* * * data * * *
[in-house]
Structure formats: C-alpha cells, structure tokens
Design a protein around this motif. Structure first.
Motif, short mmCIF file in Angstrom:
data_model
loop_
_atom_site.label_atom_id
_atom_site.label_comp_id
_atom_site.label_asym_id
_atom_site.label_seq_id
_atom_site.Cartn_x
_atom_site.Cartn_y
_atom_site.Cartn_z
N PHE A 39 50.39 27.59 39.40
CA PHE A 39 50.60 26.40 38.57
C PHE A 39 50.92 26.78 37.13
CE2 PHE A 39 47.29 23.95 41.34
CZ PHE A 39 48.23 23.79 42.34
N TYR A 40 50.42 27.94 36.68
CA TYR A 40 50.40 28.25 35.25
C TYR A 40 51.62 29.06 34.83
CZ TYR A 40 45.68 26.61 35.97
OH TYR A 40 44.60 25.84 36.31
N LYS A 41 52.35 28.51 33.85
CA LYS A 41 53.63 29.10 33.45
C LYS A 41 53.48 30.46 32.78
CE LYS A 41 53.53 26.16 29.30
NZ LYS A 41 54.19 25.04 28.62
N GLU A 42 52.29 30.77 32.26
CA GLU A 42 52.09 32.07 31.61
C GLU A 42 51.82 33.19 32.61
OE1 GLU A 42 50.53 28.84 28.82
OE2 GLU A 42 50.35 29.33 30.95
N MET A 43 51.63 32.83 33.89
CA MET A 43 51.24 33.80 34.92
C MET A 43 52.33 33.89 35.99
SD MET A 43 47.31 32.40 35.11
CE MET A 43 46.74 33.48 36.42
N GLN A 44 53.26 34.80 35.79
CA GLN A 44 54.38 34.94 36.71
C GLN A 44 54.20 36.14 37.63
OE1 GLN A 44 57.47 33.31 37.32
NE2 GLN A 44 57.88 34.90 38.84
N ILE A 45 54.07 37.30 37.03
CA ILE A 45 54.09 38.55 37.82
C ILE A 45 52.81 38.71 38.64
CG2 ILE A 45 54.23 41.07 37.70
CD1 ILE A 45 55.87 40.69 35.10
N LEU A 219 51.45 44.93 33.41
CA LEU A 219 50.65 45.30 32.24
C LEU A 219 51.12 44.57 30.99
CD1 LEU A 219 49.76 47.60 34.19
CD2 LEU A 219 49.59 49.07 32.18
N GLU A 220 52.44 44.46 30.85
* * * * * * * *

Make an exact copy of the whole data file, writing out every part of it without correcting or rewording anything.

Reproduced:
[in-house]
Structure formats: C-alpha cells, structure tokens
Design a protein around this motif. Structure first.
Motif, short mmCIF file in Angstrom:
data_model
loop_
_atom_site.label_atom_id
_atom_site.label_comp_id
_atom_site.label_asym_id
_atom_site.label_seq_id
_atom_site.Cartn_x
_atom_site.Cartn_y
_atom_site.Cartn_z
N PHE A 39 50.39 27.59 39.40
CA PHE A 39 50.60 26.40 38.57
C PHE A 39 50.92 26.78 37.13
CE2 PHE A 39 47.29 23.95 41.34
CZ PHE A 39 48.23 23.79 42.34
N TYR A 40 50.42 27.94 36.68
CA TYR A 40 50.40 28.25 35.25
C TYR A 40 51.62 29.06 34.83
CZ TYR A 40 45.68 26.61 35.97
OH TYR A 40 44.60 25.84 36.31
N LYS A 41 52.35 28.51 33.85
CA LYS A 41 53.63 29.10 33.45
C LYS A 41 53.48 30.46 32.78
CE LYS A 41 53.53 26.16 29.30
NZ LYS A 41 54.19 25.04 28.62
N GLU A 42 52.29 30.77 32.26
CA GLU A 42 52.09 32.07 31.61
C GLU A 42 51.82 33.19 32.61
OE1 GLU A 42 50.53 28.84 28.82
OE2 GLU A 42 50.35 29.33 30.95
N MET A 43 51.63 32.83 33.89
CA MET A 43 51.24 33.80 34.92
C MET A 43 52.33 33.89 35.99
SD MET A 43 47.31 32.40 35.11
CE MET A 43 46.74 33.48 36.42
N GLN A 44 53.26 34.80 35.79
CA GLN A 44 54.38 34.94 36.71
C GLN A 44 54.20 36.14 37.63
OE1 GLN A 44 57.47 33.31 37.32
NE2 GLN A 44 57.88 34.90 38.84
N ILE A 45 54.07 37.30 37.03
CA ILE A 45 54.09 38.55 37.82
C ILE A 45 52.81 38.71 38.64
CG2 ILE A 45 54.23 41.07 37.70
CD1 ILE A 45 55.87 40.69 35.10
N LEU A 219 51.45 44.93 33.41
CA LEU A 219 50.65 45.30 32.24
C LEU A 219 51.12 44.57 30.99
CD1 LEU A 219 49.76 47.60 34.19
CD2 LEU A 219 49.59 49.07 32.18
N GLU A 220 52.44 44.46 30.85